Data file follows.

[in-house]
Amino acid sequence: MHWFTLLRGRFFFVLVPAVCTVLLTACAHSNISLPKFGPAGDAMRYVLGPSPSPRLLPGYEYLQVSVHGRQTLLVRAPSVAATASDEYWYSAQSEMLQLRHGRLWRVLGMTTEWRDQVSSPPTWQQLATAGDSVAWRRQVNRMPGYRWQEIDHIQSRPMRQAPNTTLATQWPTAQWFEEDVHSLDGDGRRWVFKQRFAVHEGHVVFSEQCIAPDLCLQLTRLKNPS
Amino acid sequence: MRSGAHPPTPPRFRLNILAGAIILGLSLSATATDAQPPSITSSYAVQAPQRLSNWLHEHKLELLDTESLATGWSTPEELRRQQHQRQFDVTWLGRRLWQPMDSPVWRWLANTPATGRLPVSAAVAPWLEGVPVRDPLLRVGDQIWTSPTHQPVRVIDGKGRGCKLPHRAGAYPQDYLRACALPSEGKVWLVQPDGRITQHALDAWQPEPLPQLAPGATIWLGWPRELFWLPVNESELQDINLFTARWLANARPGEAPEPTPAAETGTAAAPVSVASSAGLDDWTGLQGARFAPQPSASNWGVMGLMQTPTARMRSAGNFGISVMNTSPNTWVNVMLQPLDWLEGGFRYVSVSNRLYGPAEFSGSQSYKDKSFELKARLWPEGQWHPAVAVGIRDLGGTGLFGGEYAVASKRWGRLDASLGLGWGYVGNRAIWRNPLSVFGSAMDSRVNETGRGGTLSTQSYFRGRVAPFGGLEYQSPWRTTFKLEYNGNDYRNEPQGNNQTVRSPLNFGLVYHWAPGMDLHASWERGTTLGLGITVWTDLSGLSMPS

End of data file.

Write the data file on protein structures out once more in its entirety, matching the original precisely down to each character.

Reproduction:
[in-house]
Amino acid sequence: MHWFTLLRGRFFFVLVPAVCTVLLTACAHSNISLPKFGPAGDAMRYVLGPSPSPRLLPGYEYLQVSVHGRQTLLVRAPSVAATASDEYWYSAQSEMLQLRHGRLWRVLGMTTEWRDQVSSPPTWQQLATAGDSVAWRRQVNRMPGYRWQEIDHIQSRPMRQAPNTTLATQWPTAQWFEEDVHSLDGDGRRWVFKQRFAVHEGHVVFSEQCIAPDLCLQLTRLKNPS
Amino acid sequence: MRSGAHPPTPPRFRLNILAGAIILGLSLSATATDAQPPSITSSYAVQAPQRLSNWLHEHKLELLDTESLATGWSTPEELRRQQHQRQFDVTWLGRRLWQPMDSPVWRWLANTPATGRLPVSAAVAPWLEGVPVRDPLLRVGDQIWTSPTHQPVRVIDGKGRGCKLPHRAGAYPQDYLRACALPSEGKVWLVQPDGRITQHALDAWQPEPLPQLAPGATIWLGWPRELFWLPVNESELQDINLFTARWLANARPGEAPEPTPAAETGTAAAPVSVASSAGLDDWTGLQGARFAPQPSASNWGVMGLMQTPTARMRSAGNFGISVMNTSPNTWVNVMLQPLDWLEGGFRYVSVSNRLYGPAEFSGSQSYKDKSFELKARLWPEGQWHPAVAVGIRDLGGTGLFGGEYAVASKRWGRLDASLGLGWGYVGNRAIWRNPLSVFGSAMDSRVNETGRGGTLSTQSYFRGRVAPFGGLEYQSPWRTTFKLEYNGNDYRNEPQGNNQTVRSPLNFGLVYHWAPGMDLHASWERGTTLGLGITVWTDLSGLSMPS